The results are set out in Table 1 below.

TABLE 1
Composition A Composition B Composition C Composition D Composition E
1.6% Soybean 2.4% Soybean 2.4% Soybean 4% Soybean 8% Soybean Methyl Ester
Methyl Ester Methyl Ester Methyl Ester Methyl Ester emulsion with 30%
emulsion emulsion emulsion with SPF emulsion with 8% Undecanone
20 Undecanone
Mosquito: 4 hr Mosquito: >4.5 hr Mosquito: >4.5 hr Mosquito: equivalent to
30% DEET
Ticks: Not tested Ticks: 2 hours Ticks: >2 hours

The data in Table 1 show that the compositions containing 2.4% and higher concentrations of soy methyl ester demonstrated superior mosquito repellency, and that compositions containing at least 4% soy methyl ester in combination with 2-undecanone demonstrated superior tick repellency, with Composition E yielding performance generally equivalent to that of a permethrin formulation and to a 30% DEET formulation.

Example 2

In this comparative test, a composition containing 8% soy methyl ester emulsion with 30% undecanone, the same composition as tested in Example 1 (Composition E), was evaluated for tick repellency, against an untreated control. A 0.5% permethrin composition also was assessed for tick repellency, against an untreated control.

All tests were carried out on paper media, to which native ticks (American dog ticks) were introduced.

The test arena was a 10 cm diameter plastic petri plate (78.5 cm 2 bottom surface area). The inside bottom surface was covered with two half circles of white copy paper, separated by a 3 mm void at the centerline. An amount of 537 μL of Composition E sample was applied to the left half of the arena. Ticks, which were unfed males/females of the American dog tick, Dermacenter variabilis, were added to the arena less than five minutes after treatment with Composition E. The assay was conducted in a dimly lit room, at room temperature. One tick on the treated side was judged to be intoxicated at the two-hour reading.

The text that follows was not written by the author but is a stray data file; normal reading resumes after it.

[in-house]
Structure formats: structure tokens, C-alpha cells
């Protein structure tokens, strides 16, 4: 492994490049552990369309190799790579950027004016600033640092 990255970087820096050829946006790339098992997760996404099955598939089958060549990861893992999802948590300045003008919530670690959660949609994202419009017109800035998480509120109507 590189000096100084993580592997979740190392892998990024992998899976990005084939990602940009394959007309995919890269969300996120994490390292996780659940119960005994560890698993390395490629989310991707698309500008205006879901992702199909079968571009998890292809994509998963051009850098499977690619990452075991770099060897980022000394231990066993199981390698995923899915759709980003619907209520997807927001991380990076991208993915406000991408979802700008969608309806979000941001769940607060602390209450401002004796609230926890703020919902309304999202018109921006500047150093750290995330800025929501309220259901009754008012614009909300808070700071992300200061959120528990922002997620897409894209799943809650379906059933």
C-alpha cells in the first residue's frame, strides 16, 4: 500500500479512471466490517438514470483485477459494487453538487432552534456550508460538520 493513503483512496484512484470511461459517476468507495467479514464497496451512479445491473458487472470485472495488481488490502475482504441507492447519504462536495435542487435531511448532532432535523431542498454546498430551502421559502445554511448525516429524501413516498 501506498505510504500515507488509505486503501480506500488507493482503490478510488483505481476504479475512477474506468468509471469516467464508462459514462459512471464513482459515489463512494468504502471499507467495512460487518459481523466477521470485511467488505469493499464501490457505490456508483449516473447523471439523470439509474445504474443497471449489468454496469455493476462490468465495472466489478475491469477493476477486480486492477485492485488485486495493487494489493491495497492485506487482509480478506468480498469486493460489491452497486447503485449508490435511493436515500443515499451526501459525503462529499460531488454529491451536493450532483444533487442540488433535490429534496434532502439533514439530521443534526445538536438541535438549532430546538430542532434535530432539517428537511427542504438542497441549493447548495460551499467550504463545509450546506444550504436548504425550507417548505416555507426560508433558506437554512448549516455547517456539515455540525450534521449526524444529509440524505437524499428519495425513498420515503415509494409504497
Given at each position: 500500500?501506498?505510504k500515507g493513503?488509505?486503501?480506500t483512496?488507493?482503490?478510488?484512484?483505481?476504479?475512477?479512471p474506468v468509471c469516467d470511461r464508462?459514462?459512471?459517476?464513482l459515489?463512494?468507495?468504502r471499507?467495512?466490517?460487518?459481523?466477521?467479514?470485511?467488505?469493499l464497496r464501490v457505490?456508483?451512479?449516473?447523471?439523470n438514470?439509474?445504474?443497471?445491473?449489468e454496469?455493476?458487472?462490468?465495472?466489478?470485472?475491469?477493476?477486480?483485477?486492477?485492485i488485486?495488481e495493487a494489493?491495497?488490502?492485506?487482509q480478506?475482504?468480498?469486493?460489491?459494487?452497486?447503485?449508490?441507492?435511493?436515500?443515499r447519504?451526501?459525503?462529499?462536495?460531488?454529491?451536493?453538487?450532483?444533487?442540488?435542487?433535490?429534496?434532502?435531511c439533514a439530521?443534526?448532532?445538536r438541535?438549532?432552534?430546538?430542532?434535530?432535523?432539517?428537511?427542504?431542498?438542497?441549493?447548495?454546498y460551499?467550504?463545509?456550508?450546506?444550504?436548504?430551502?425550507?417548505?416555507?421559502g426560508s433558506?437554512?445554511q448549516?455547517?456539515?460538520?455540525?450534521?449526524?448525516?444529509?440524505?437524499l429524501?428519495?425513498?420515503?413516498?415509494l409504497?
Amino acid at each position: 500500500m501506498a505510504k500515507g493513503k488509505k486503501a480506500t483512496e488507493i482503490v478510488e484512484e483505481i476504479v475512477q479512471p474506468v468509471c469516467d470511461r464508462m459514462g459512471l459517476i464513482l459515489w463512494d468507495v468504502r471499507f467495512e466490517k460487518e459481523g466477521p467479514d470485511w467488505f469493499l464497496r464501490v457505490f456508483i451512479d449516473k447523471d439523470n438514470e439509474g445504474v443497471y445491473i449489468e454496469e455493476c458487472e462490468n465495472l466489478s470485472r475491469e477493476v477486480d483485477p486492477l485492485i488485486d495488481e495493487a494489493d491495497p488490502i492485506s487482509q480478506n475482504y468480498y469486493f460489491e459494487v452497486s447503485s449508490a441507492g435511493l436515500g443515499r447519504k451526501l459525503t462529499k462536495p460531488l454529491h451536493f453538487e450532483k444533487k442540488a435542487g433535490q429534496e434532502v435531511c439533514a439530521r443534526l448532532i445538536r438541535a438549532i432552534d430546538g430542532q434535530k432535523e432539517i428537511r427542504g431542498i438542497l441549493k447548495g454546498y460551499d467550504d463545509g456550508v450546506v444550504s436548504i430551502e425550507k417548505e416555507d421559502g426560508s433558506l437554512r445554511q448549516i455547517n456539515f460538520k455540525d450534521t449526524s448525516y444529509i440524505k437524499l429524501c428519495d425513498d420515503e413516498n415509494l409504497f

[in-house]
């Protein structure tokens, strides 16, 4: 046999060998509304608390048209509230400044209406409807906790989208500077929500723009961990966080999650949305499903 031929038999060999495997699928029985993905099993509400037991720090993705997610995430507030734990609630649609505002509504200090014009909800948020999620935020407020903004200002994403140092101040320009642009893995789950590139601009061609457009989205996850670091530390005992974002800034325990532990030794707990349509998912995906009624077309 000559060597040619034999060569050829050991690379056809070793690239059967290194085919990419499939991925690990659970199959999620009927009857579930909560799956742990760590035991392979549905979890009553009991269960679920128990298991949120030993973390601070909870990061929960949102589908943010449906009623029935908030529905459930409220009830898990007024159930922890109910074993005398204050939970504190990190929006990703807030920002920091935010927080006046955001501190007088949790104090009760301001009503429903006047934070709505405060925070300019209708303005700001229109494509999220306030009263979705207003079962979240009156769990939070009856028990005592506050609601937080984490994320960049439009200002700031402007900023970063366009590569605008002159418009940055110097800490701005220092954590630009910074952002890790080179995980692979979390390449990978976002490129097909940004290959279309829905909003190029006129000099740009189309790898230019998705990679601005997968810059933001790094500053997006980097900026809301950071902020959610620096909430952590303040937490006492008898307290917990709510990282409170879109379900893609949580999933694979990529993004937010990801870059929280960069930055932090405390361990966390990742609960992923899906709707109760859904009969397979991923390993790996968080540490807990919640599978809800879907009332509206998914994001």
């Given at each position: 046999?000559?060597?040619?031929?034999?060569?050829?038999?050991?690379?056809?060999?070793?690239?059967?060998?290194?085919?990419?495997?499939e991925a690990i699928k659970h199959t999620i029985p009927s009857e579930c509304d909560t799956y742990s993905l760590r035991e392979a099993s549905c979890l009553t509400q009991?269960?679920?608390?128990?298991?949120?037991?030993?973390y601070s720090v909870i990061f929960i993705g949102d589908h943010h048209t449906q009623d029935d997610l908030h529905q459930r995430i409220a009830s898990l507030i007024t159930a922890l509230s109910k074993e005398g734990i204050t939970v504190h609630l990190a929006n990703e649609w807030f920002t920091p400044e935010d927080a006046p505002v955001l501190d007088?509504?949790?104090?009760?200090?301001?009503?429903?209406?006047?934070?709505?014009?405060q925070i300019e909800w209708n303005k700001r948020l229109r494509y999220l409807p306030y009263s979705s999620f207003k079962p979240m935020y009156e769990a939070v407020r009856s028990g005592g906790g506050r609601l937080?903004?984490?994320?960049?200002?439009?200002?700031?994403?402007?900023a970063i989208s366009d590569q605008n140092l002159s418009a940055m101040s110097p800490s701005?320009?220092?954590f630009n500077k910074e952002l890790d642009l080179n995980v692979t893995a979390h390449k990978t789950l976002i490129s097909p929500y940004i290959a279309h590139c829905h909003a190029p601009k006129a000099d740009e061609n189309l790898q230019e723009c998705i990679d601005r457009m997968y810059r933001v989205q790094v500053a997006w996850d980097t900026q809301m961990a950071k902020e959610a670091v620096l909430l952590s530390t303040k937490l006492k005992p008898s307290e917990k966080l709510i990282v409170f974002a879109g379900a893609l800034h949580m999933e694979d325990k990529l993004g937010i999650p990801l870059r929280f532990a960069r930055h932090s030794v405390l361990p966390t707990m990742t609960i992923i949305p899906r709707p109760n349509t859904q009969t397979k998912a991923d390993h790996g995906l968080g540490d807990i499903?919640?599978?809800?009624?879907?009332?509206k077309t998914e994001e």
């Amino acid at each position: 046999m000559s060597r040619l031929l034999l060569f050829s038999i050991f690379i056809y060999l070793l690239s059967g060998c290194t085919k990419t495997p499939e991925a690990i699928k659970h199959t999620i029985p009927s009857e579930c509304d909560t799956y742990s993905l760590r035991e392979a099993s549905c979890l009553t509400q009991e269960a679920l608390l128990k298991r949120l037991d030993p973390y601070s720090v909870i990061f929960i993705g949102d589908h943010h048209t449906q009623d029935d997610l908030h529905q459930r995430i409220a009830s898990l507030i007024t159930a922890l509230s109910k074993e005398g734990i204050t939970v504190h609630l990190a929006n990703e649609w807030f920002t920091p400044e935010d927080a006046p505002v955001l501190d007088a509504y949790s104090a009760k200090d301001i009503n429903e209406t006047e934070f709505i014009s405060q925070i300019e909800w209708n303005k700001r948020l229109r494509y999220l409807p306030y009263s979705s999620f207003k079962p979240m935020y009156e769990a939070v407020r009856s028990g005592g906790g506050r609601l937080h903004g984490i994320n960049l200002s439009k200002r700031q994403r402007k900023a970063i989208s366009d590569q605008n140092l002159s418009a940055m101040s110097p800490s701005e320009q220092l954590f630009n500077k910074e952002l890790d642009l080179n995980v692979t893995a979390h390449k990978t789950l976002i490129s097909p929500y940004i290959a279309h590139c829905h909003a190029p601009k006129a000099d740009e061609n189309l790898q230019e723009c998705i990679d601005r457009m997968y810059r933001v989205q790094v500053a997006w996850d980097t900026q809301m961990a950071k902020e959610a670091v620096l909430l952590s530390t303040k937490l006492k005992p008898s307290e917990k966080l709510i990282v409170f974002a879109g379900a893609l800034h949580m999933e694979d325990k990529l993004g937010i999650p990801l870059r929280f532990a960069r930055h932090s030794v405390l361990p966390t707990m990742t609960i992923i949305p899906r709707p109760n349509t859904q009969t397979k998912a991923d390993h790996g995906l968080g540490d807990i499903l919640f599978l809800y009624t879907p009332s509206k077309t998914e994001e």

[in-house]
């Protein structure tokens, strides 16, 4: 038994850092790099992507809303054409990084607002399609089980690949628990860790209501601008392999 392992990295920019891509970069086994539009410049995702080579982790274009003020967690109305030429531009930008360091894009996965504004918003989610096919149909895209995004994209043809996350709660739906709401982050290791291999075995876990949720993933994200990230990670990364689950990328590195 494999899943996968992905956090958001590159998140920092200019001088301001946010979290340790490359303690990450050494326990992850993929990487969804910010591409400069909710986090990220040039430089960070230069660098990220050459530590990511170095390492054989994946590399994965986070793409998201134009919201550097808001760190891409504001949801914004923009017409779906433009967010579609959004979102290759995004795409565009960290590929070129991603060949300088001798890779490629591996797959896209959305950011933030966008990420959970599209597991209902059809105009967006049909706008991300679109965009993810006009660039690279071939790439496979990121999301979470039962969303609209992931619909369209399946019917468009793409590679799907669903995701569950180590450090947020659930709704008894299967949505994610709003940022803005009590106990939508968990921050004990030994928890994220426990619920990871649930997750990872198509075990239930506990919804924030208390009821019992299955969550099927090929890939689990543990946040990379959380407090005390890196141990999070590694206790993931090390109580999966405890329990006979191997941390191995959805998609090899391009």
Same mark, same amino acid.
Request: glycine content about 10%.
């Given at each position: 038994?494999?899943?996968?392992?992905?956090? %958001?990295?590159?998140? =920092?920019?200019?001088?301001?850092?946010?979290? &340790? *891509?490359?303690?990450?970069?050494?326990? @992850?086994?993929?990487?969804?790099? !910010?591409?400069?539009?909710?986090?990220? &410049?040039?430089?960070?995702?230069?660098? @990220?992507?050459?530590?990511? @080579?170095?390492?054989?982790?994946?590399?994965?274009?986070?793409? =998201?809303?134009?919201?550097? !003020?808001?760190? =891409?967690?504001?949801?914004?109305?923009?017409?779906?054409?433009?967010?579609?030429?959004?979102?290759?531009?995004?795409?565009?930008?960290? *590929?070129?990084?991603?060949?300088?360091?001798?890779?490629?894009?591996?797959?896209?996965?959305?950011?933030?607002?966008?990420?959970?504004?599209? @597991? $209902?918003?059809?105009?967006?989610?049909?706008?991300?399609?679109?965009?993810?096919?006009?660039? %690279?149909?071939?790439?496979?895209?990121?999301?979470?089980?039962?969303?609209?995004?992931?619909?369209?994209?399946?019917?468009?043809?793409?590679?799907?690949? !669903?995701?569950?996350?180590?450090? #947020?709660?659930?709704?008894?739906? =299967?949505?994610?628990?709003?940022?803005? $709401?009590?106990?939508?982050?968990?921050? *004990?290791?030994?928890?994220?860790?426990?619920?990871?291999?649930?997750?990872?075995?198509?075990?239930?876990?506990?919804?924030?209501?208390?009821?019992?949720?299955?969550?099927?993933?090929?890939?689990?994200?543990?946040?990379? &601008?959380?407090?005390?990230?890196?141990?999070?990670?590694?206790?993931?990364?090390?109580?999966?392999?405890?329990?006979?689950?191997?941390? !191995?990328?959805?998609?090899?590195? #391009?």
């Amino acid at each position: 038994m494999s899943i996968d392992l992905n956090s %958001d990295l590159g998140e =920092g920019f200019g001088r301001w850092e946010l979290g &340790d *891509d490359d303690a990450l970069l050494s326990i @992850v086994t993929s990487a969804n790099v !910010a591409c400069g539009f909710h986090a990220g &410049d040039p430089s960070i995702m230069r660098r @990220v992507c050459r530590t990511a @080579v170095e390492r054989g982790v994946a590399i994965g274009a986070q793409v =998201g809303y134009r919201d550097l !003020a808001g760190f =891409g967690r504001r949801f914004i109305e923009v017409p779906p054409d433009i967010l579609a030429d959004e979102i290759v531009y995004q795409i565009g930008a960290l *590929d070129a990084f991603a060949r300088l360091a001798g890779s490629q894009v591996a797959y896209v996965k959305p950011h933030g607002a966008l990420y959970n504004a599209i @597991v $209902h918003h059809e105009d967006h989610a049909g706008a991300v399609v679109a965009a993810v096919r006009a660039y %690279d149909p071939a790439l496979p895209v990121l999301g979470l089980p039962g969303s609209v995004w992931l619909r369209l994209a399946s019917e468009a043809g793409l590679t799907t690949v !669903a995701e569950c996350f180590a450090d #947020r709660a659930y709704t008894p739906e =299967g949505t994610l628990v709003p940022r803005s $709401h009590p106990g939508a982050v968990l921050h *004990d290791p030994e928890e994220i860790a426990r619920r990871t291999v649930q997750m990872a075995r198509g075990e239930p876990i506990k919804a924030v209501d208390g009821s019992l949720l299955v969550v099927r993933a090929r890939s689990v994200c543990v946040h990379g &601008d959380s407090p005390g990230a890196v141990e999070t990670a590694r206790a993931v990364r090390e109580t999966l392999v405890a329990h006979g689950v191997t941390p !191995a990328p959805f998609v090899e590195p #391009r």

The results of the test are shown in Table 2 below.

TABLE 2
Time Treated (L) Untreated (R)
Immediate 2 3
30 min 1 4
45 2 3
60 3 2
1 h:30 min 1 4
2 h:00 min 1 4

As shown by the foregoing data, the number of ticks on the treated half circle generally remained smaller than the number of ticks on the untreated half circle, throughout the period of the test. Further, the data show that Composition E maintained its tick repellent character over the two-hour period of the test.

Example 3

A corresponding test to that of Example 2 was carried out for a 0.5% permethrin composition. It appeared that the ticks were dead at the 60 minute and 2 hour readings. The test data are shown in Table 3 below.

TABLE 3
Time Treated (L) Untreated (R)
Immediate 3 2
30 min 4 1
45 4 1
60 4 1
1 h:30 min 3 2
2 h:00 min 3 2

Comparison of the data in Table 2 and Table 3 showed that Composition E was more effective than the 0.5% permethrin composition throughout the time-frame of the respective tests.

Example 4

In this test, the tick repellency of a composition containing 2.4% soybean methyl ester emulsion, Composition B of Example 1, and the composition containing 4% soybean methyl ester emulsion with 8% undecanone, Composition D of Example 1, were assessed.

In the test of Composition B, as evaluated against an untreated control, the test arena was 4 cm in diameter (12.56 cm 2 ) on the back of the left hand of the human male subject. As a control, the left and right halves of the arena were untreated.